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Overcoming the Pain of Milestones as a Special-Needs Parent

As a parent, we are all aware of the charts they use in the doctor’s offices to gather facts and objective data about our children. There is a head growth chart, height growth chart, weight growth chart, and then there is the dreaded developmental milestone chart. My daughter who has an STXBP1 gene mutation is the baby of our family. I don’t remember cringing when those charts came out with my first two children. I saw them as a way to monitor progress. I felt certain they would meet all the points they should and even if they didn’t, that they would soon enough.

These charts came to mean something very different to me when my daughter was born. They were now a way to monitor failure and points my daughter had not met and may never meet. They were a reminder to me of all the things she wasn’t and oftentimes left me in tears and feeling so discouraged and even depressed. I got to the point where I just convinced myself none of these things were going to happen. That way, when they didn’t, it wouldn’t hurt as much.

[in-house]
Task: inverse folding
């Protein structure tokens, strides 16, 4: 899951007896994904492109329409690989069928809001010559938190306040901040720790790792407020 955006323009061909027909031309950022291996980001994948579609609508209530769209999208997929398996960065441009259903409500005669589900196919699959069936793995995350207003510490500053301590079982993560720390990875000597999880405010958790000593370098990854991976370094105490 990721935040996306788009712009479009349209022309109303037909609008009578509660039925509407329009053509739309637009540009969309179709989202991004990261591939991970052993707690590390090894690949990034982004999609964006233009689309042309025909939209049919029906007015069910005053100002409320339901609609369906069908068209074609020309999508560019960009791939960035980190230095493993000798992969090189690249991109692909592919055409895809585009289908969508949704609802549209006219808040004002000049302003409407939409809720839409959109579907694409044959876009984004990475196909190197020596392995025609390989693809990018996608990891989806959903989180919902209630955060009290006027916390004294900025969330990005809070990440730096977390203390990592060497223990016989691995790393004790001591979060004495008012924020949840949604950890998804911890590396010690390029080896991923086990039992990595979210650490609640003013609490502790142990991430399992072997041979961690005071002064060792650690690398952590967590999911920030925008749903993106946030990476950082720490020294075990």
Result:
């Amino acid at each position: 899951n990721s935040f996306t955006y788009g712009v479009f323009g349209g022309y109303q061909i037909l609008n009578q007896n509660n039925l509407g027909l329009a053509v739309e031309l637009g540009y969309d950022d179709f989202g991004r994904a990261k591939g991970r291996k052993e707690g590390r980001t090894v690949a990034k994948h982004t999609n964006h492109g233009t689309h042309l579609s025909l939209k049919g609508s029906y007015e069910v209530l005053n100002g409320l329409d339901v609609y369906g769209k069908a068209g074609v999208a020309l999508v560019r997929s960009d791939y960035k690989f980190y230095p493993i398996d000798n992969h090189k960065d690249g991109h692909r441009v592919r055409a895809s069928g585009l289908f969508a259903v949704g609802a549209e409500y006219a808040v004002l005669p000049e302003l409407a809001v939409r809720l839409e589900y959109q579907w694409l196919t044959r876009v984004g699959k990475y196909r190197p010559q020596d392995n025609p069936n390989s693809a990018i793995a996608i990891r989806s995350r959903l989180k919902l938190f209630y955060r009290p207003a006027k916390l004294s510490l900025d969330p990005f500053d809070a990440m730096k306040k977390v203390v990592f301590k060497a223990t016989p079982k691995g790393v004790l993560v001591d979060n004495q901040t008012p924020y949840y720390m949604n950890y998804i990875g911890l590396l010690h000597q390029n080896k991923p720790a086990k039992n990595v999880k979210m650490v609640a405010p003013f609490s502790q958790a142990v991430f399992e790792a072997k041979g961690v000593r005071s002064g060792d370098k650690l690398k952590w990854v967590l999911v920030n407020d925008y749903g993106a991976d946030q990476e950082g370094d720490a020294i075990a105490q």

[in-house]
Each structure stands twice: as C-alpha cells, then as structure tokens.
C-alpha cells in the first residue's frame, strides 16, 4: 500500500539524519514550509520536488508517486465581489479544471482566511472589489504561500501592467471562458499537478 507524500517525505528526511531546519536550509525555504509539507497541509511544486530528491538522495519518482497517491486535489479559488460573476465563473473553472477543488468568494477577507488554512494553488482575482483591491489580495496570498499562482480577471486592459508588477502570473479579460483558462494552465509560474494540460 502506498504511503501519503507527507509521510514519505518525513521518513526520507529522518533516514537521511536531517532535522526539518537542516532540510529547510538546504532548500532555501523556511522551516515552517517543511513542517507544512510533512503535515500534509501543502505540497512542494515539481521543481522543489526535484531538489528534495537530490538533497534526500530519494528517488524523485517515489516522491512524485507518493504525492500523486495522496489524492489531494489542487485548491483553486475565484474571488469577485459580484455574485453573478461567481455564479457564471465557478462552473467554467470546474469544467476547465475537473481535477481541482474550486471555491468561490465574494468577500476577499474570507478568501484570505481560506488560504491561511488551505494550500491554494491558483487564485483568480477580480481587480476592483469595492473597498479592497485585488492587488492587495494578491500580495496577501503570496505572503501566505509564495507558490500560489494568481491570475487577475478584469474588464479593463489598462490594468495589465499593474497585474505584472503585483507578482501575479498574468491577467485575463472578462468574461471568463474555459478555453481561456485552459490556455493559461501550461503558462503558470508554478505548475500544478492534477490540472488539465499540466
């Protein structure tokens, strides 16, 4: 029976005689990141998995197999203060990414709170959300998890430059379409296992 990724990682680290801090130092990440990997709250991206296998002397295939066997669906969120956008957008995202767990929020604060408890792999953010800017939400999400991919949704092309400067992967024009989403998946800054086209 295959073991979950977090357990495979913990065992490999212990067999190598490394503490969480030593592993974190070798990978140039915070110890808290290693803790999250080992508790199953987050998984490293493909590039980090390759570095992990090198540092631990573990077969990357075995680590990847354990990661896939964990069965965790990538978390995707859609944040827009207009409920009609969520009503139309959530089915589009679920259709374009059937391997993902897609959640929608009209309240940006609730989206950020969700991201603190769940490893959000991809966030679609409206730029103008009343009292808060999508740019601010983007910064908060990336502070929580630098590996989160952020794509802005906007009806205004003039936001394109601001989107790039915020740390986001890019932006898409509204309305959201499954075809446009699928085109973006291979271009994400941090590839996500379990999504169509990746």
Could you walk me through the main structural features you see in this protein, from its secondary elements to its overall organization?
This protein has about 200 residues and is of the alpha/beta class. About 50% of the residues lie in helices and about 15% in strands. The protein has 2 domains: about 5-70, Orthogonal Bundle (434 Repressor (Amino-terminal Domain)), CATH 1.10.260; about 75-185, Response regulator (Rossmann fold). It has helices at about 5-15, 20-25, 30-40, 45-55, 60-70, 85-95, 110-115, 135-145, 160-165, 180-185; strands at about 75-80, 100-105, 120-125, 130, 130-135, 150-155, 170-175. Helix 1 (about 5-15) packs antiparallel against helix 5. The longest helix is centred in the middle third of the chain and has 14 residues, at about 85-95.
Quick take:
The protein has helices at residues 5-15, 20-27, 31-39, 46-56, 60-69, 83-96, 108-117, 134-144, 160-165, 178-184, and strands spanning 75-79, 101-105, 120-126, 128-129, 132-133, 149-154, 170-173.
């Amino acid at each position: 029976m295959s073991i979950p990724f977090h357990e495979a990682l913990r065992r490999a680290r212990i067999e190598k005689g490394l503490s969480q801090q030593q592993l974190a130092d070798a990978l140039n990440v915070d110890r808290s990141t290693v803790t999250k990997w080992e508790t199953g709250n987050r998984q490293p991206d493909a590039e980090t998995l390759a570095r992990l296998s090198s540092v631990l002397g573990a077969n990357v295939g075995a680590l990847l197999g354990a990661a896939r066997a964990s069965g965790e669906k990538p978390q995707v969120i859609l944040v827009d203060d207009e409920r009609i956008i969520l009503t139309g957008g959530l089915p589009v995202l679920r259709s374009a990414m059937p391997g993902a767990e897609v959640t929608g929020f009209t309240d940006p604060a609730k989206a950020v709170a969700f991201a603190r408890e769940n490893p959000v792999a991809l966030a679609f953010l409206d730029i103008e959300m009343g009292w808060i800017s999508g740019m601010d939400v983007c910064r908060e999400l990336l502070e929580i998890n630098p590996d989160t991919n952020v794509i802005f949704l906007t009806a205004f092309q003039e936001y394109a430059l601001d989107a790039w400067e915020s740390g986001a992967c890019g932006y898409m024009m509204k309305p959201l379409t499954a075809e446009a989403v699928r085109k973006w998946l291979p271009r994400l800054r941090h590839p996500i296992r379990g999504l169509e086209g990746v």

Much more so than the charts, I found birthdays to be absolutely devastating for me. It was an in-the-face milestone jammed full of the many things my child should be doing and was not. It was also a time to grieve the realization that the baby I had lovingly grown for 9 months was not the baby and future little girl I had envisioned. With these thoughts came a ton of guilt. Guilt over not being able to just celebrate her birthday and another year with her, guilt that I could not accept what was and be grateful for what I had been given.

I’m not sure I can say for sure what caused a change in my thoughts and feelings toward milestones. I do remember it was when Emma received her diagnosis at the age of five. It could have been the passage of time healing the wounds, maybe it was the need to find a way to enjoy my daughter and who she was, or perhaps it was the diagnosis presenting yet another trial for her. But suddenly, I saw her for the person she was, apart from my daughter, and the lost hopes and dreams I had for her at one time.

I saw a little girl who had to work hard at everything, even the simplest of things, and how she met each challenge with a smile and a motivation to “figure it out this time”. It took her four years to learn how to sit by herself, four years! She didn’t give up and when she finally got it, she was so excited and proud of herself. I don’t think I have ever stuck with anything for that long without seeing noticeable progress. Now when I look at her, I am inspired. I feel so blessed to be able to watch her and learn from her. My worst day could not amount to what she faces on a daily basis and there is no chart that could even come close to accurately measuring that. There will always be small moments of grief and that is okay, but there are many more moments of gratitude and my heart swelling with pride.

– Jennifer

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